by Jasper on Jul 27, 2010 3:52 pm • linkreport

The more you say "cars kill kids" the less credibility you have. It just makes you sound crazy.

You continue to ignore the big picture. How many kids are killed by cars every year? You haven't mentioned that yet. It's about 2,000 in the U.S.

How many would be saved by NOT building the ICC? I don't know, but I bet some could die, if it makes it take longer for an ambulance to get to the hospital as a result of not building it. How much would it cost to build a viable public transit alternative to the ICC? I don't know, but it would be enormous, and it certainly would not be useful to anywhere near as many people as a road would out there.

It's a zero sum game. The money has to come from somewhere. Money spent on public transit is not always well spent - for example, subsidizing trains to go 3,000 miles across the country that hardly anyone rides. Money spent on roads is not always badly spent, because in many places there is not sufficient population density to make it practical for many people to use.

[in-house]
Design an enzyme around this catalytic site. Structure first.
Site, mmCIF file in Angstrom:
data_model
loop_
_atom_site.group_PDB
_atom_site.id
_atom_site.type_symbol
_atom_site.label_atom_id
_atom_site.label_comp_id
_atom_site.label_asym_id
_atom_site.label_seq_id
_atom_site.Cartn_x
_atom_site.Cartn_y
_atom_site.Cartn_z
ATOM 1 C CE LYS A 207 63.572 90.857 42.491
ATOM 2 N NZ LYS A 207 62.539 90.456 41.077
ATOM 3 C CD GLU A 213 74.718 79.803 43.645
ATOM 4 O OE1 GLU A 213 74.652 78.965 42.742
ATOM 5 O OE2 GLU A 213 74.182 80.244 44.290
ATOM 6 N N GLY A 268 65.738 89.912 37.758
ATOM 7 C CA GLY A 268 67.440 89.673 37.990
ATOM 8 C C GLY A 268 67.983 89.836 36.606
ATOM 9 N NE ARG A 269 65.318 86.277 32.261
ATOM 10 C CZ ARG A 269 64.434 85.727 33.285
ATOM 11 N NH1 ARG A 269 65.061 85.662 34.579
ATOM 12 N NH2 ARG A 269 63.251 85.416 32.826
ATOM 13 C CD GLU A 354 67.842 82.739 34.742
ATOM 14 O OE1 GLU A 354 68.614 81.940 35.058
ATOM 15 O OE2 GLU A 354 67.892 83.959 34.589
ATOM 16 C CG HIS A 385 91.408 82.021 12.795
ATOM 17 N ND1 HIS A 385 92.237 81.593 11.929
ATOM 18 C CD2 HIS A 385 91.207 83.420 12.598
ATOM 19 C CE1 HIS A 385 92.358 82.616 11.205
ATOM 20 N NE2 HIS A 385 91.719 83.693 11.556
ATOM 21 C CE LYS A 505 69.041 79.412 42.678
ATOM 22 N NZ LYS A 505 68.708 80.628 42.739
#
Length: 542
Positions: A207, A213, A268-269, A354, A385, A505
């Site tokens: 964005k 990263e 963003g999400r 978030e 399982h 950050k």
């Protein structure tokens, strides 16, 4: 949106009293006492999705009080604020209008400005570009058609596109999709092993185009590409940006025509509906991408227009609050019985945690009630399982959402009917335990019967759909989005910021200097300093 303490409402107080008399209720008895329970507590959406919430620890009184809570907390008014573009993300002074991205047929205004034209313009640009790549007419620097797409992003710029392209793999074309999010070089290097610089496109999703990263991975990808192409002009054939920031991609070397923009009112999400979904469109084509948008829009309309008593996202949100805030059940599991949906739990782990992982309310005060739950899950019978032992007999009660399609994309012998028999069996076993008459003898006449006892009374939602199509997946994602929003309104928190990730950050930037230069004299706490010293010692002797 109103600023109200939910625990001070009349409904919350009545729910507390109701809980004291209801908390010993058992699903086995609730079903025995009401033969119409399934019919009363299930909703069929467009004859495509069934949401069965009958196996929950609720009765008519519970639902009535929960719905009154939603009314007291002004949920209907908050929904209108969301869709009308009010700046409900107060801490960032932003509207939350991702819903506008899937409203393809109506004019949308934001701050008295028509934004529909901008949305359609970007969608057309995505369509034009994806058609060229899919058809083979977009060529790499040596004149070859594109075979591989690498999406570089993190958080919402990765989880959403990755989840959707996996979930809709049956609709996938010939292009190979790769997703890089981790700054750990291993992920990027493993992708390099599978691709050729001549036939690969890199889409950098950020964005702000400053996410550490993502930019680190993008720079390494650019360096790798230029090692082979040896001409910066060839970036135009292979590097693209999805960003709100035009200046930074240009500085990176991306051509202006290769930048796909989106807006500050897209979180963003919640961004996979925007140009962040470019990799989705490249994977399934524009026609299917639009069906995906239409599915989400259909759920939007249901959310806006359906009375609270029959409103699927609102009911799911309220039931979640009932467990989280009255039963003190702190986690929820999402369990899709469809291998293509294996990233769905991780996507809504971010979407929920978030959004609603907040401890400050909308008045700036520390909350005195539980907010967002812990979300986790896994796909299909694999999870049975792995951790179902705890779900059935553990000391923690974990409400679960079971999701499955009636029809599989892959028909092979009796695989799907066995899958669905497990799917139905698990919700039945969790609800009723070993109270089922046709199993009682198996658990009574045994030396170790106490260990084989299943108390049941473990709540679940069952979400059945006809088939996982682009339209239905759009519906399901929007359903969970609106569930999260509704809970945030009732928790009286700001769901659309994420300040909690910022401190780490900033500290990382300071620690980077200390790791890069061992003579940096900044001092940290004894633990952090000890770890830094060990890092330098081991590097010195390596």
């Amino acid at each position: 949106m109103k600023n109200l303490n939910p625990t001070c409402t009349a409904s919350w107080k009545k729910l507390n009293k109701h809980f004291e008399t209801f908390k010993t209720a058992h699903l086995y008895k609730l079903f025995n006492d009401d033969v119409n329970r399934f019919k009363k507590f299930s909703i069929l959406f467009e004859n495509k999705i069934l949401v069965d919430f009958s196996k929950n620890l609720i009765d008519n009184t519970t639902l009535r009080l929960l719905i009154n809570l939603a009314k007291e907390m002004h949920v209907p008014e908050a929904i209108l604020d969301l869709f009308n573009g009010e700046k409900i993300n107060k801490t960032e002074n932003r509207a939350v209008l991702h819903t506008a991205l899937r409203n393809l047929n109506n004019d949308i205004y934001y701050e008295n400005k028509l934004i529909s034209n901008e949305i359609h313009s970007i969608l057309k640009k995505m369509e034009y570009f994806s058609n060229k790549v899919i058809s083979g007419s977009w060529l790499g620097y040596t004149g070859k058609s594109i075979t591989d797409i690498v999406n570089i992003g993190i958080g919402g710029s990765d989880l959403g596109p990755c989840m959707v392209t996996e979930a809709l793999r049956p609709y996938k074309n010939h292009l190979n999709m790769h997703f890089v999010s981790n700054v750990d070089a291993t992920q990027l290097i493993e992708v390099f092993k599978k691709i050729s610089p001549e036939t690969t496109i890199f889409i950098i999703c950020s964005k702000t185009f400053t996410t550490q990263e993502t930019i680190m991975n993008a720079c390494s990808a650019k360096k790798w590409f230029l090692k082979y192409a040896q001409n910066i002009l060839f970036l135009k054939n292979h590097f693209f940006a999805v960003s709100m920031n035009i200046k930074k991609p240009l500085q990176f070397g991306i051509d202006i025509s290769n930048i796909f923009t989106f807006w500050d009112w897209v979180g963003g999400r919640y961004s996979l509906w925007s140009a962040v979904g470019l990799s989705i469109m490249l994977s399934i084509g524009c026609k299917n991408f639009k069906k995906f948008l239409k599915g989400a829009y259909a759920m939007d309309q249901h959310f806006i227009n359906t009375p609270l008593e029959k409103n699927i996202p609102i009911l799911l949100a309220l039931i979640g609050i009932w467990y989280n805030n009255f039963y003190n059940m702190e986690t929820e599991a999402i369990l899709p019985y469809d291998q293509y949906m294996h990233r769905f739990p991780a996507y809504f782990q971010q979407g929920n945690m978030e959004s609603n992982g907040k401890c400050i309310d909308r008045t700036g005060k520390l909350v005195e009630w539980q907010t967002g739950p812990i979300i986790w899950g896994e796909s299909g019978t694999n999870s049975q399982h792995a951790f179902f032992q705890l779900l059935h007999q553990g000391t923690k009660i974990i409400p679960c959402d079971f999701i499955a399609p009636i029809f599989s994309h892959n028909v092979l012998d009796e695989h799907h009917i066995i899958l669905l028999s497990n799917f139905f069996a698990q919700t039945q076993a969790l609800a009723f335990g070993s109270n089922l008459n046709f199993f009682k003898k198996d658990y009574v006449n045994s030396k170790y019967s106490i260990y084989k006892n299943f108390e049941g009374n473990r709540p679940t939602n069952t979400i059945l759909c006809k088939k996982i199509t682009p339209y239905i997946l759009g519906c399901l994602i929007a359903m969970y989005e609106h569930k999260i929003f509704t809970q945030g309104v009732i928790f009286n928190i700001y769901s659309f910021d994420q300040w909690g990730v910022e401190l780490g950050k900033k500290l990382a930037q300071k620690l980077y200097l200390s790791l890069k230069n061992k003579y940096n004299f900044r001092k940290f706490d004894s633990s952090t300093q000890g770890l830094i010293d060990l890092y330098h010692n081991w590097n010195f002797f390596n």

by Jamie on Jul 27, 2010 3:56 pm • linkreport

@Ken - My solutions (off the top of my head): improved car safety design and features, improved roadway design, better driver education - especially among teenagers, and increased enforcement against idiots on the roads. These are all areas where the federal DOT and state departments of transportation have played, are playing, and forever shall play the lead role.

If the top cause of preventable death of children is traffic fatalities, my solution would be to focus on reducing those numbers of fatalities, rather than spending taxpayer money to browbeat people who live in the suburbs, exurbs or rural areas.